Tag Archives: hedge fund registration exemption

Massachusetts Hedge Fund Exemption

Exclusion From Definition of Investment Adviser

Generally Massachusetts will require hedge fund managers with a place of business in Massachusetts to register as an investment adviser with the Massachusetts Securities Division.  However, there is an exemption from registration for some hedge fund managers located in Massachusetts.  [Note: to be more accurate, the “exemption” really is an exclusion from the definition of investment adviser under the Massachusetts Securities Act.]

Definition of Investment Adviser

Under Section 401(m) of the Massachusetts Securities Act, the term investment adviser means:

any person who, for compensation, engages in the business of advising others, either directly or through publications or writings, as to value of securities or as to the advisability of investing in, purchasing, or selling securities, or who, for compensation and as a part of a regular business, issues or promulgates analyses or reports concerning securities. …“Investment adviser” shall not include: … a person whose only clients in this state are federal covered advisers, other investment advisers, broker-dealers, banks, savings institutions, trust companies, insurance companies, investment companies as defined in the Investment Company Act of 1940, employee benefit plans with assets of not less than $5,000,000, governmental agencies or instrumentalities, or other financial institutions or institutional buyers, whether acting for themselves or as trustees with investment control; (emphasis added)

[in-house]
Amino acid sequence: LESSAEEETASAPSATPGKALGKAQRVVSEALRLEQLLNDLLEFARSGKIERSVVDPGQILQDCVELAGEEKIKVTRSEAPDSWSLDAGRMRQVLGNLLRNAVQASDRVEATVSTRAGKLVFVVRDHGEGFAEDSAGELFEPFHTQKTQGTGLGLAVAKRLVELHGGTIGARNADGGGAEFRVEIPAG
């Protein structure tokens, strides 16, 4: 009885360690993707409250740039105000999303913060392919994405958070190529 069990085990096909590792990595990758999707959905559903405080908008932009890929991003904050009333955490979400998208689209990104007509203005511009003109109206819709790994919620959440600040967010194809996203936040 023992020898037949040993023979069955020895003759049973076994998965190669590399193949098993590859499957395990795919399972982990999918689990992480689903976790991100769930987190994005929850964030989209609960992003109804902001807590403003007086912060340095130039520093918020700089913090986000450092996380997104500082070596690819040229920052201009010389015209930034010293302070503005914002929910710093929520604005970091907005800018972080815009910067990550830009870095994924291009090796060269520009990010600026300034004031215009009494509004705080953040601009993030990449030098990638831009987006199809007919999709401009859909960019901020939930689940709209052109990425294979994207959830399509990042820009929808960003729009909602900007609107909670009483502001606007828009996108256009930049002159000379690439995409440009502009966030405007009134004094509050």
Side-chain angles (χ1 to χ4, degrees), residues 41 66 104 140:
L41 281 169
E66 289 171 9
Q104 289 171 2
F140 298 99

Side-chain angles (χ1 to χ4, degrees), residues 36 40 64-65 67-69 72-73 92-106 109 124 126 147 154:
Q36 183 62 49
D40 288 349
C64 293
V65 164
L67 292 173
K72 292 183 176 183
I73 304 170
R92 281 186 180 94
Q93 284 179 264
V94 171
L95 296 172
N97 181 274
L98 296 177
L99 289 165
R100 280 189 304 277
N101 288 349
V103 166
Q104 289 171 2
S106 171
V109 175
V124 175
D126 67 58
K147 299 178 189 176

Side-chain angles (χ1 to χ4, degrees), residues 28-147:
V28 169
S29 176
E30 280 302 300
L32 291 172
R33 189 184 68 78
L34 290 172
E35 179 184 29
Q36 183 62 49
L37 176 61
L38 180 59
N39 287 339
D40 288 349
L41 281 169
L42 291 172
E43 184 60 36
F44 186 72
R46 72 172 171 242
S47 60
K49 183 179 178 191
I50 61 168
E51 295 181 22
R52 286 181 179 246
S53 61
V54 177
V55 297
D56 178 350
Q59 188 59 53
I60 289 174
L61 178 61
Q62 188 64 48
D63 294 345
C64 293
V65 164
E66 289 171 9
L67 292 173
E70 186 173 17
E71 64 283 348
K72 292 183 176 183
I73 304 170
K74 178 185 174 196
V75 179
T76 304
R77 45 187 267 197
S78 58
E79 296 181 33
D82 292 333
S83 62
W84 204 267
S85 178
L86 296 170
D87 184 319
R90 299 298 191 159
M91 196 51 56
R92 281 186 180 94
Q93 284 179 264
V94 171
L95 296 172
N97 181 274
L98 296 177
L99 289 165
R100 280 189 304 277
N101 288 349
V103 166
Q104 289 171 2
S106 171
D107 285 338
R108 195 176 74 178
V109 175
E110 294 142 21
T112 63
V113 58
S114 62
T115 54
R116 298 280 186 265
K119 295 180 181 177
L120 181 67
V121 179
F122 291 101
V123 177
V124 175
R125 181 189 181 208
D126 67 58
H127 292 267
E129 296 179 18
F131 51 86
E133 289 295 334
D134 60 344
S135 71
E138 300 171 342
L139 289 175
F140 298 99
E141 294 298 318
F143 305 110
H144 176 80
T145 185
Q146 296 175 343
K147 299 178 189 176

This definition is similar for most states and is based on the Uniform Securities Act which was designed to help standardize state securities laws.  Normally the definition of “other financial institutions or institutional buyers” is not defined under state law or division regulations and will normally be understood to mean large institutions.

Massachusetts has specifically defined “Institutional Buyer”.

Definition of “Institutional Buyer” for Section 401(m)

Under Massachusetts regulations,

Institutional Buyer shall include any of the following:

a. An organization described in Section 501(c)(3) of the Internal Revenue Code with a securities portfolio of more than $ 25 million.

b. An investing entity whose only investors are accredited investors as defined in Rule 501(a) under the Securities Act of 1933 (17 CFR 230.501(a)) each of whom has invested a minimum of $ 50,000.

c. An entity whose only investors are financial institutions and institutional buyers as set forth in M.G.L. c. 110A, § 401(m) and 950 CMR 12.205(1)(a)6.a. and b.

See 950 CMR Section 12.205(1)(a)(6)

For hedge fund managers, section (b) above is important.  A hedge fund would be considered to be an “institutional buyer” if (i) the fund only accepts accredited investors and if (ii) each investor has contributed at least $50,000 to the fund.  If the fund does not meet both parts of the test, the fund will not be an “institutional buyer” and the fund manager would not be excluded from the definition of investment adviser and would need to register as such with the Massachussetts Securities Division.